A lot has happened at Philips Hue in the past weeks and months. For users, this was primarily visible through the much-discussed update of the Philips Hue app, but a lot has also happened in the background. Philips Hue has comprehensively revised the API, the interface for requests and responses to the Hue Bridge.
In particular, the response times have been significantly improved. What exactly is meant by this can be explained with a simple example: If you switched a lamp on or off with a Hue switch, it used to take a few seconds until the current status was displayed in the Hue app.
New Hue API offers push message instead of pull command
The previous API could not tell you when the status of a light had changed. Instead, it was always necessary to ask whether something had changed. For example, an app previously had to send a request to the bridge every five seconds: “Has the status of the light changed?” The answer used to be “No”, or “Yes, the light in the kitchen is now on.” This method naturally led to certain delays.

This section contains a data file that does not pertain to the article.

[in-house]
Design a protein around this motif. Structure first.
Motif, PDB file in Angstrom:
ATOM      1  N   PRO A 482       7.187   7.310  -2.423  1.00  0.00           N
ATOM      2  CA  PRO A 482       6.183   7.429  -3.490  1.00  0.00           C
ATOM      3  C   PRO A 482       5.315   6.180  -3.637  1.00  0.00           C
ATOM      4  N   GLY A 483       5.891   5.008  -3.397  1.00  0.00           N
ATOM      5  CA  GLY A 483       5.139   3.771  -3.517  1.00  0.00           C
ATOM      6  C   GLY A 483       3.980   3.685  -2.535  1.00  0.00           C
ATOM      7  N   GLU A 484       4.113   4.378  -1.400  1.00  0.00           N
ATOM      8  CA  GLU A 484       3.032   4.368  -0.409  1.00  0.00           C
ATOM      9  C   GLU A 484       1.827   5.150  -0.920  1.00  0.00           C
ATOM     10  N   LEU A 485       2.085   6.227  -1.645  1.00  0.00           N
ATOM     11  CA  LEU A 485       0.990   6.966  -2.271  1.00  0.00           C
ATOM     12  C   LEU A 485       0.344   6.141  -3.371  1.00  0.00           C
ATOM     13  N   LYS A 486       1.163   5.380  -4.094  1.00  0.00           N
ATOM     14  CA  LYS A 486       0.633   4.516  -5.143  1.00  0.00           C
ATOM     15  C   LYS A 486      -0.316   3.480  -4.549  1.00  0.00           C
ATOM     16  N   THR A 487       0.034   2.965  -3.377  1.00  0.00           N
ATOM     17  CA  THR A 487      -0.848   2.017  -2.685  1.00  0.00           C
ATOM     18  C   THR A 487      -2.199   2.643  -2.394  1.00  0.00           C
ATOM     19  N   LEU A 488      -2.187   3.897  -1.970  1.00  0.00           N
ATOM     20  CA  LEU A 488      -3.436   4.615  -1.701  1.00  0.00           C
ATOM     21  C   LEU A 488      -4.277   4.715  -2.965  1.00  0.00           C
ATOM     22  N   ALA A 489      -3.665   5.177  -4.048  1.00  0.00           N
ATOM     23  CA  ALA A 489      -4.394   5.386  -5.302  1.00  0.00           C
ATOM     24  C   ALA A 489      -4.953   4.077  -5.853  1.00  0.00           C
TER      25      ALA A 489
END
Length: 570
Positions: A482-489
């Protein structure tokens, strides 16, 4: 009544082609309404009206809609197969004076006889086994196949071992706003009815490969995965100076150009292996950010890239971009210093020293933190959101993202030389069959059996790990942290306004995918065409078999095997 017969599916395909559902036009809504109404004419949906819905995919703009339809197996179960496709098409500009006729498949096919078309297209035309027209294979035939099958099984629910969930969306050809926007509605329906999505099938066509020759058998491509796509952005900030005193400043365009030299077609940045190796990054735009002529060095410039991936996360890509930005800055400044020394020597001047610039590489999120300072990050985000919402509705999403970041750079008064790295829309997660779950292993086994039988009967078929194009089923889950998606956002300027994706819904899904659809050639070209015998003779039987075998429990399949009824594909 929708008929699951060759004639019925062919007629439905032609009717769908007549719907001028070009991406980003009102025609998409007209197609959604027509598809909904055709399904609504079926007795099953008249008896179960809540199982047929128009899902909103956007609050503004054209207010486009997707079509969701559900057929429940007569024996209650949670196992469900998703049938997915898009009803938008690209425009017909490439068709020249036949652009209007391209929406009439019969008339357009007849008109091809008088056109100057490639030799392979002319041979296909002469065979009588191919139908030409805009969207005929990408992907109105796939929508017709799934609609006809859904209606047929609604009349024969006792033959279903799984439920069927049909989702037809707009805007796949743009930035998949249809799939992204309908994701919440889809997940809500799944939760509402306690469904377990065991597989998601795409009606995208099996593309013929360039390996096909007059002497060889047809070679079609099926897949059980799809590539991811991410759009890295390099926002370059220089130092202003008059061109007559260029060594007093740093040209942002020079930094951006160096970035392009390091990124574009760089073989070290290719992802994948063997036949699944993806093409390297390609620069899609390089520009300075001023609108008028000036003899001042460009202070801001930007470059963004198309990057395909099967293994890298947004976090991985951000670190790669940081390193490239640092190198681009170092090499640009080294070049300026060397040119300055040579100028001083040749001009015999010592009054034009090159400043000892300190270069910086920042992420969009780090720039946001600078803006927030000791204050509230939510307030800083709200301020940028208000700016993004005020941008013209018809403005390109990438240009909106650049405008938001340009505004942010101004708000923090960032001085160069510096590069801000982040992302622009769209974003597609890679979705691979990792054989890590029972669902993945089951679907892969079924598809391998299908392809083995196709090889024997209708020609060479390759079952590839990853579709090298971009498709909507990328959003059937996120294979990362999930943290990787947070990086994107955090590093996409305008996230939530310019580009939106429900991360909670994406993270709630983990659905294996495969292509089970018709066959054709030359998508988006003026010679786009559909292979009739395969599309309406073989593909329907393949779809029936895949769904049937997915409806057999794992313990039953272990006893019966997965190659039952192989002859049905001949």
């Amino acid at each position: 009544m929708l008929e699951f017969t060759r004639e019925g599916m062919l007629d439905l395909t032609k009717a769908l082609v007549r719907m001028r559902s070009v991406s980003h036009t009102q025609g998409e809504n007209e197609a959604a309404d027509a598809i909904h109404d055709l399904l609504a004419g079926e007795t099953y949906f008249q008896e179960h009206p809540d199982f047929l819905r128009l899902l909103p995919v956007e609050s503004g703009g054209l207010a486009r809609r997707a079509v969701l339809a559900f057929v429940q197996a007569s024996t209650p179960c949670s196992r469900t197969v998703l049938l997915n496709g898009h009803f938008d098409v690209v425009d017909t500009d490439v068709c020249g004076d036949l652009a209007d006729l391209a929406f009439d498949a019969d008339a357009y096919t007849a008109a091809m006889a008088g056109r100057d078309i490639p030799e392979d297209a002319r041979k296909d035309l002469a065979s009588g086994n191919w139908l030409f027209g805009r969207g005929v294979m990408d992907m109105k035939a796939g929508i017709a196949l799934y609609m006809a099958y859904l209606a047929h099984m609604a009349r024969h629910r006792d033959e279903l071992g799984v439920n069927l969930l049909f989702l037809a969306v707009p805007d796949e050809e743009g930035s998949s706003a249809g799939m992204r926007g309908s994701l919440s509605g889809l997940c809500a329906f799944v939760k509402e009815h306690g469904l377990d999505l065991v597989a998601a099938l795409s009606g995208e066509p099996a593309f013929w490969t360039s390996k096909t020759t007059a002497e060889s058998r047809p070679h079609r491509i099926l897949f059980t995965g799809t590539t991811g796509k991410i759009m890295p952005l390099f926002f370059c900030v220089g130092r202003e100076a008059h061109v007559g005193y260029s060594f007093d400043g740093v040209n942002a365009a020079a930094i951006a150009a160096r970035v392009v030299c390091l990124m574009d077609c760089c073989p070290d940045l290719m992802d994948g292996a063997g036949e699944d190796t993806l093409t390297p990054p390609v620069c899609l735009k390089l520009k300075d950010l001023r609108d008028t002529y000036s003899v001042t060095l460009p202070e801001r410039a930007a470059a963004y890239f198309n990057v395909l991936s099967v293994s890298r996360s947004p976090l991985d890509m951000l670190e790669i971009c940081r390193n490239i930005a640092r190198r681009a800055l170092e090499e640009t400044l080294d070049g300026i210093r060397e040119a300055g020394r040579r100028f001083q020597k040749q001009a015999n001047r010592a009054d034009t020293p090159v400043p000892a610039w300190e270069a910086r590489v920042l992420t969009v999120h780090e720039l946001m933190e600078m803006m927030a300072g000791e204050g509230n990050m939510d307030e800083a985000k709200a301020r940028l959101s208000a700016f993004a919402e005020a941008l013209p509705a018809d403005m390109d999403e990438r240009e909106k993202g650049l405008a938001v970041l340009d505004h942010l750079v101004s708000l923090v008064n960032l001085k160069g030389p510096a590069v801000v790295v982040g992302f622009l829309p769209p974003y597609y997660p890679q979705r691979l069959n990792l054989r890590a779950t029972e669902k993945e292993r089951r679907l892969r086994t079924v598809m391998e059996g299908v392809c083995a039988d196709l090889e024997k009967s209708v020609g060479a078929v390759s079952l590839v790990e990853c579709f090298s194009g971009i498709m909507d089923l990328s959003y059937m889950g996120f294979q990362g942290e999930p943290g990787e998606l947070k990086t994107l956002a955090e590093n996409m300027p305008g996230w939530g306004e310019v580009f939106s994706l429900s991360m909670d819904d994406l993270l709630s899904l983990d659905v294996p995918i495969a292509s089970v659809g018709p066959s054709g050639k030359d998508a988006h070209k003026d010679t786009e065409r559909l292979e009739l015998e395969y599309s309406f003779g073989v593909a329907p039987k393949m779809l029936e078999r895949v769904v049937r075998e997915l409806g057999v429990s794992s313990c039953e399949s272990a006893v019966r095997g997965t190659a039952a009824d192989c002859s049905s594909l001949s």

With the introduction of the new API, this has changed. Now the Hue Bridge can send messages to apps and other smart home systems. For example, an app no longer has to ask every few seconds if something has changed. Instead, it receives a message from the Hue Bridge immediately after the change: “The light in the kitchen is now on.”
Developers of apps or smart home systems first have to integrate the new API. But you can already see how quickly the Hue Bridge communicates changes in the new Hue app. There, it only takes a moment for the status of the light to be displayed correctly after you have changed it via a switch.